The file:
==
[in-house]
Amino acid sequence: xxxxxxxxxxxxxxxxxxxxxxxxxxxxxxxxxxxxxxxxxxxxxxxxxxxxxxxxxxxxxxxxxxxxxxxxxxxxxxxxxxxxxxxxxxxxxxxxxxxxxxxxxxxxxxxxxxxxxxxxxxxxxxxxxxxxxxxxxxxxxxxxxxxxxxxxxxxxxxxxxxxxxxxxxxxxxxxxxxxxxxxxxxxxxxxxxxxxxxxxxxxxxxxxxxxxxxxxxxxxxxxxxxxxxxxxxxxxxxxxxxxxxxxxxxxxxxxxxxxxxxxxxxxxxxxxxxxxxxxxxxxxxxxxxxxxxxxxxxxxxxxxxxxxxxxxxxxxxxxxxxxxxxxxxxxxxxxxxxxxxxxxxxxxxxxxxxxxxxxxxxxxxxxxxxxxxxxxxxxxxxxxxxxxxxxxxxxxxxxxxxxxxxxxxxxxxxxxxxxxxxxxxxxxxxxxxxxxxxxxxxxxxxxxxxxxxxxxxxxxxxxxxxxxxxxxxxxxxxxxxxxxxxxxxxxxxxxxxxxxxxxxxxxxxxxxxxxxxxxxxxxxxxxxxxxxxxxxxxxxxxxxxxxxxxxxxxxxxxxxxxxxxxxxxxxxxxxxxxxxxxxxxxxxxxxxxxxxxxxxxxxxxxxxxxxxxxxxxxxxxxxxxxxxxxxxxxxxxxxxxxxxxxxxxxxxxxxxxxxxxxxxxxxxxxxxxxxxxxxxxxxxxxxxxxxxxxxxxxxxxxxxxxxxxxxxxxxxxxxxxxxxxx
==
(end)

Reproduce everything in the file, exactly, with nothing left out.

[in-house]
Amino acid sequence: xxxxxxxxxxxxxxxxxxxxxxxxxxxxxxxxxxxxxxxxxxxxxxxxxxxxxxxxxxxxxxxxxxxxxxxxxxxxxxxxxxxxxxxxxxxxxxxxxxxxxxxxxxxxxxxxxxxxxxxxxxxxxxxxxxxxxxxxxxxxxxxxxxxxxxxxxxxxxxxxxxxxxxxxxxxxxxxxxxxxxxxxxxxxxxxxxxxxxxxxxxxxxxxxxxxxxxxxxxxxxxxxxxxxxxxxxxxxxxxxxxxxxxxxxxxxxxxxxxxxxxxxxxxxxxxxxxxxxxxxxxxxxxxxxxxxxxxxxxxxxxxxxxxxxxxxxxxxxxxxxxxxxxxxxxxxxxxxxxxxxxxxxxxxxxxxxxxxxxxxxxxxxxxxxxxxxxxxxxxxxxxxxxxxxxxxxxxxxxxxxxxxxxxxxxxxxxxxxxxxxxxxxxxxxxxxxxxxxxxxxxxxxxxxxxxxxxxxxxxxxxxxxxxxxxxxxxxxxxxxxxxxxxxxxxxxxxxxxxxxxxxxxxxxxxxxxxxxxxxxxxxxxxxxxxxxxxxxxxxxxxxxxxxxxxxxxxxxxxxxxxxxxxxxxxxxxxxxxxxxxxxxxxxxxxxxxxxxxxxxxxxxxxxxxxxxxxxxxxxxxxxxxxxxxxxxxxxxxxxxxxxxxxxxxxxxxxxxxxxxxxxxxxxxxxxxxxxxxxxxxxxxxxxxxxxxxxxxxxxxxxxxxxxxxxxxxxxxxxxxxxxxxx